Their older children were married and out of the house. Charles Edward Reck was the oldest unmarried son, and I assume he still lived with his parents, supporting them as they aged and the father was unable to work as much as he used to. There were still three other siblings at home to support: my great-grandmother Jennie age 20, Martha age 18, and Perry age 15.

Catharine's husband was unable to help her find their son's broken body. She most likely wanted to shield the girls and Perry from what she knew would be a terrible sight. But she had to get her son and lay him to rest. I wish I had a picture of Charles to share here. This is Catharine:
Catharine (Murphy) Reck 1838-1915


Wednesday, March 28, 2018

52.11: Lucky; Harrison Reck

This post is part of a project called "52 Ancestors in 52 Weeks" created by Amy Johnson Crow.

The prompt for this week is Lucky; for next week it is Misfortune. I'll use these two prompts to tell you more about my great-great grandparents, William and Catharine (Murphy) Reck.

I blogged about William before; first about his Civil War service, and then some about his life after the war.

William (also called Harrison) Reck was 24 years old when he enlisted in 1861. He had married Catharine Murphy in 1859. At the time he enlisted, they had a son David, not quite two years old, and Catharine had just given birth to their son John less than one month before. He joined the 69th Ohio Volunteer Infantry. My earlier blog post highlighted some activities of this unit.
William Harrison and Catharine Murphy Reck
Last week, in March of 2018, I visited the Stones River National Battlefield near Murfreesboro, Tennessee.  Harrison Reck and his unit were in the thick of the fighting there. I read about the battle when writing my original post, but actually being there added a whole new dimension to my understanding of what these men went through.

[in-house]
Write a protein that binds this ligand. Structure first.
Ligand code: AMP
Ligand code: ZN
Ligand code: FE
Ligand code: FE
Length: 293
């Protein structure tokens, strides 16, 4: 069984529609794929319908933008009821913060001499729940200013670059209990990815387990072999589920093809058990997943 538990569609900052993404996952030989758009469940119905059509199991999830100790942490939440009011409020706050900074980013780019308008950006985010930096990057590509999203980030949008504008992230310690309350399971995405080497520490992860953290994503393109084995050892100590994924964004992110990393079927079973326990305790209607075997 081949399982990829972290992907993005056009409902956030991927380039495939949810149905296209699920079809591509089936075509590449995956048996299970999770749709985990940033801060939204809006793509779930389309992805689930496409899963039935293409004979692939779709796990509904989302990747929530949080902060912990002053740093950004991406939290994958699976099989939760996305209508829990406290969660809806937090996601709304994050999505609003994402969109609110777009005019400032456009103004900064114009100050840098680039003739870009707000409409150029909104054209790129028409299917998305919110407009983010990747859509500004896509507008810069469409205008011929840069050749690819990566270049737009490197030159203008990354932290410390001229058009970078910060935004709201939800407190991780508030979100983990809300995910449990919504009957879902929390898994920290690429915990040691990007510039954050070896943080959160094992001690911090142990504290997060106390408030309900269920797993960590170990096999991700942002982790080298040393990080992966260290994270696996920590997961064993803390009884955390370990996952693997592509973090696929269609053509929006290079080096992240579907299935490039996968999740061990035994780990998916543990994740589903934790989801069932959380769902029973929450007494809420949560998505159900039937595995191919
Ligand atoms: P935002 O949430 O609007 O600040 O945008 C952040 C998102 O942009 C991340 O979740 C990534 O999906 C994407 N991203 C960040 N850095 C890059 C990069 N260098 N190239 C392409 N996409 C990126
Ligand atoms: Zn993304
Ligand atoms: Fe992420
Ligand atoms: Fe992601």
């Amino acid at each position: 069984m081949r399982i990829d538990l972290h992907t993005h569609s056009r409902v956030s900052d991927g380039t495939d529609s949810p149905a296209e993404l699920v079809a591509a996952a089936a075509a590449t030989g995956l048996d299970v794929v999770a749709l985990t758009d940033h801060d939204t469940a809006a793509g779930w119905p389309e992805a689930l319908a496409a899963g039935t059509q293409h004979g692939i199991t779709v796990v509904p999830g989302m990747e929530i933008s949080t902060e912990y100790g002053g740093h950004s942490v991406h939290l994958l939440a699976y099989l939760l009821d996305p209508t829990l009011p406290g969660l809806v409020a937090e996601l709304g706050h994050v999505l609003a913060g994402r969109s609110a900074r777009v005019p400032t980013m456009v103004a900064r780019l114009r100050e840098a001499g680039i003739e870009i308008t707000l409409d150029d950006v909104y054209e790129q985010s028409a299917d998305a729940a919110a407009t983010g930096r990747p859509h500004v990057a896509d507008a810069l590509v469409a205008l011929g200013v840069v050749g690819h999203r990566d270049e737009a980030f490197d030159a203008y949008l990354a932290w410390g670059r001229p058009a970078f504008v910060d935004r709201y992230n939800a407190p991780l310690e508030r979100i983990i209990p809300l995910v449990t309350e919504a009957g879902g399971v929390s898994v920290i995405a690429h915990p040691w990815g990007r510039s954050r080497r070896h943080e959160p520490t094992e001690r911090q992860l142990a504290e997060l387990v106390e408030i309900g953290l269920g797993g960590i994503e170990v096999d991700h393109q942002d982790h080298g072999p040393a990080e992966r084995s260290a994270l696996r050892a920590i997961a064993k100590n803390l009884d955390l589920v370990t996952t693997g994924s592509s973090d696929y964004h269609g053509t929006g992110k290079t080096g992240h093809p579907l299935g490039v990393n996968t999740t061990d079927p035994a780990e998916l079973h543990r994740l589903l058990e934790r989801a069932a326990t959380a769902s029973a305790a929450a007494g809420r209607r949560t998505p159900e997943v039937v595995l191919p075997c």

The battle took place over three days. The men were encamped at the end of December 1862, knowing a battle was about to take place. They were ordered to have no campfires during this time. On New Year's Eve, though, the men were allowed to make fires in the morning, and enjoyed warming their hands and having some hot coffee. It was exactly at this time the Rebels attacked.

The men struggled to grab their weapons and form up. The fighting that day was incredible.  I studied the maps of where the different units were, and Harrison's Ohio 69th was very close to what became known as the Slaughter Pen. This was a rocky area with some deep crevicees where the Union soldiers hid and fired from.
The Slaughter Pen; my daughter is standing in one of the rocky cracks for scale
They became surrounded by Confederates and were ordered to retreat. As they came out of the rocks, it was easy for them to be picked off by the rebels. The rocks became slippery with blood, and bodies piled up. I am not sure Harrison was in this exact area but he was certainly near enough to know and see what was going on.

The Slaughter Pen was only a part of the horrors that day.  The Union was beaten down. New Year's Day finally dawned, though many men never slept that night. Both sides tended to their wounded and collected their dead. The Confederates felt certain they had won the day. However, due to the bravery of some units holding strong, reinforcements were able to arrive. The battle resumed the next day and led to a Union victory. Stones River was one of the bloodiest battles of the Civil War.